Jackson Clements Burrows
Jackson Clements Burrows Architects (JCB) undertake projects of every type, size and scale. We work collaboratively with our clients to explore site specific solutions to ensure every project is unique to its own circumstances and the product of environmentally responsible design strategies. Our team of 40+ architects and interior designers has an extensive and diverse range of experience. JCB has received numerous AIA and industry awards for an extensive portfolio of innovative and exceptional residential, commercial, institutional, interior and urban-design projects, including commissions throughout Australia, Spain, Thailand and New Zealand.
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Our client’s brief was to create a simple, robust and durable home to accommodate a young family and their evolving needs within a garden setting. Hiding House is located on a former tennis court site, nestled within the middle of a typical suburban block. The planning was based on a desire for tranquillity and seclusion from the street while also balancing amenity and privacy from the 11 neighbours surrounding the site. Key to the success of the design was the inter-linking of house and landscape to create the sense of living within a hidden garden. Bedrooms are located on the upper level of the house and have operable shutters to ensure privacy and also controlled views and outlook to the surrounding landscape. Off-white concrete bricks, concrete floors, white stained cladding and naturally oiled timber were chosen with the desire to create a generous home – one that would maximize space, light and comfort with minimal long term maintenance. Hiding House uses natural material choices, a limited colour palette and inter-linked garden spaces which combine to create a calming backdrop and engaging living experience for the occupants.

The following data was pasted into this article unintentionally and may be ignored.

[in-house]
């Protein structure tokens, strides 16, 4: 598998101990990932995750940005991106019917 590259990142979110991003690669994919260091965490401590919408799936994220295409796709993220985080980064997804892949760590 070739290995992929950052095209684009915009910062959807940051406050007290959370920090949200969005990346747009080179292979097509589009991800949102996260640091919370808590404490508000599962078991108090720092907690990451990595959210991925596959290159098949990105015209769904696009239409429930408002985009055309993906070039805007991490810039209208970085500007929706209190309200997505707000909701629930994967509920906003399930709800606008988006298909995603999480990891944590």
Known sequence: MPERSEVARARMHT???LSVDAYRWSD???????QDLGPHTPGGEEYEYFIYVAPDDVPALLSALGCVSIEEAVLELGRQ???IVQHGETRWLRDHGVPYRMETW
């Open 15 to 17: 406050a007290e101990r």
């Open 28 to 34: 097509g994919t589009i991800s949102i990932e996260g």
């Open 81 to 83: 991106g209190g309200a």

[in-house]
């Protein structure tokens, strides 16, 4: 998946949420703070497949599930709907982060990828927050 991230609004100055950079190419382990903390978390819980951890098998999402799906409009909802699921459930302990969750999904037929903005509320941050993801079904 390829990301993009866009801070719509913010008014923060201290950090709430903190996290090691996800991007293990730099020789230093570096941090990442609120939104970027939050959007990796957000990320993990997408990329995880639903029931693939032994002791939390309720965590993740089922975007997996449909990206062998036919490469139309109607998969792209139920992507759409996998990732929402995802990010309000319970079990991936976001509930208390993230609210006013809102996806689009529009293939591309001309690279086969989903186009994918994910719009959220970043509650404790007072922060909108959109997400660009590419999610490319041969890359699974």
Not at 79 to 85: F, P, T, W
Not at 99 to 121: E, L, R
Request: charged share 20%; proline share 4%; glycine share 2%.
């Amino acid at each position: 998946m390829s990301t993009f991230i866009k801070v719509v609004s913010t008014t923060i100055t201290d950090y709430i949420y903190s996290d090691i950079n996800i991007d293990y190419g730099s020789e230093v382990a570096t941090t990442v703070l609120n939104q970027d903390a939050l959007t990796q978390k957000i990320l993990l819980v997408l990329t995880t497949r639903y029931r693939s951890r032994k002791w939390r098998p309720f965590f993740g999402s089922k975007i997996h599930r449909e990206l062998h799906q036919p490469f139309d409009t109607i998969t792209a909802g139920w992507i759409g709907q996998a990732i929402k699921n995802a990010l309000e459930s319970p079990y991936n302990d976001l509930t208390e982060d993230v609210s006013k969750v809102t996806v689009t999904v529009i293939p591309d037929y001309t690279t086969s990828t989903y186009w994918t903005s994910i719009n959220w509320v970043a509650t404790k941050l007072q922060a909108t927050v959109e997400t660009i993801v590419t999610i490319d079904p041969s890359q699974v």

Upper House is a 17 storey building with 110 apartments, 2 commercial tenancies and a social program that participates with the urban context in a new and positive way. The unique composition of the building is conceived with the communal space at the heart of the building on Level 11, above which the upper levels float like a cloud. Level 11 is central to the project as an amenity which includes lounge, gym, dining space and green roofscape, but also as a design principle that acknowledges sustainability is both social and environmental. Apartments have been decorated in restful neutrals, allowing visual impact and accents to be tailored by each resident to their own personal style. Generous balconies and extensive view lines create an expanded horizon and generosity of space. Across the upper and lower facades are a scattering of balconies and windows that tie them aesthetically with an engaging three dimensional quality.
Monash University Science Faculty
Clayton Campus, 2014
The redevelopment of three brown 1980s buildings at Monash University’s Clayton Campus draws upon colour and form to reinvigorate the tired campus and also activate new pedestrian connections. New informal and engaging learning spaces have been inserted within the three Science buildings to deinstitutionalise the interior spaces and creates a sense of identity. New pedestrian walks encourage participation and create and engaging public realm. On the exterior, new facades were developed as a colourful ‘kit of parts’ to address solar shading, building identity and transparency.